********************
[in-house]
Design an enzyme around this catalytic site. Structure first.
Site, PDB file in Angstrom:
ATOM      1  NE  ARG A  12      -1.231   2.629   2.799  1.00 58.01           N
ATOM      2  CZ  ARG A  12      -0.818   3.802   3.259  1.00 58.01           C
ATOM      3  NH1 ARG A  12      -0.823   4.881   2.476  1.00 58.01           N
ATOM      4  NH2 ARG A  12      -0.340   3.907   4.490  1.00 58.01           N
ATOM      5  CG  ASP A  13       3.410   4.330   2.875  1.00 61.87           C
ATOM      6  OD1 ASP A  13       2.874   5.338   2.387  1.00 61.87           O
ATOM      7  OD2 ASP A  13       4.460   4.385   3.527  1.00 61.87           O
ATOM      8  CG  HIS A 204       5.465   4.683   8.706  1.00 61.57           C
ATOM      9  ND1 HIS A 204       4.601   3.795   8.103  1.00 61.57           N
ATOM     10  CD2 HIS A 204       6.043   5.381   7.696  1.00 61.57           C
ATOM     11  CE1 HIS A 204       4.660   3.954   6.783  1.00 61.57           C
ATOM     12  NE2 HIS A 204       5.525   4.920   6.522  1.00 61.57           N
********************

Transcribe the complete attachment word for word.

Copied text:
[in-house]
Design an enzyme around this catalytic site. Structure first.
Site, PDB file in Angstrom:
ATOM      1  NE  ARG A  12      -1.231   2.629   2.799  1.00 58.01           N
ATOM      2  CZ  ARG A  12      -0.818   3.802   3.259  1.00 58.01           C
ATOM      3  NH1 ARG A  12      -0.823   4.881   2.476  1.00 58.01           N
ATOM      4  NH2 ARG A  12      -0.340   3.907   4.490  1.00 58.01           N
ATOM      5  CG  ASP A  13       3.410   4.330   2.875  1.00 61.87           C
ATOM      6  OD1 ASP A  13       2.874   5.338   2.387  1.00 61.87           O
ATOM      7  OD2 ASP A  13       4.460   4.385   3.527  1.00 61.87           O
ATOM      8  CG  HIS A 204       5.465   4.683   8.706  1.00 61.57           C
ATOM      9  ND1 HIS A 204       4.601   3.795   8.103  1.00 61.57           N
ATOM     10  CD2 HIS A 204       6.043   5.381   7.696  1.00 61.57           C
ATOM     11  CE1 HIS A 204       4.660   3.954   6.783  1.00 61.57           C
ATOM     12  NE2 HIS A 204       5.525   4.920   6.522  1.00 61.57           N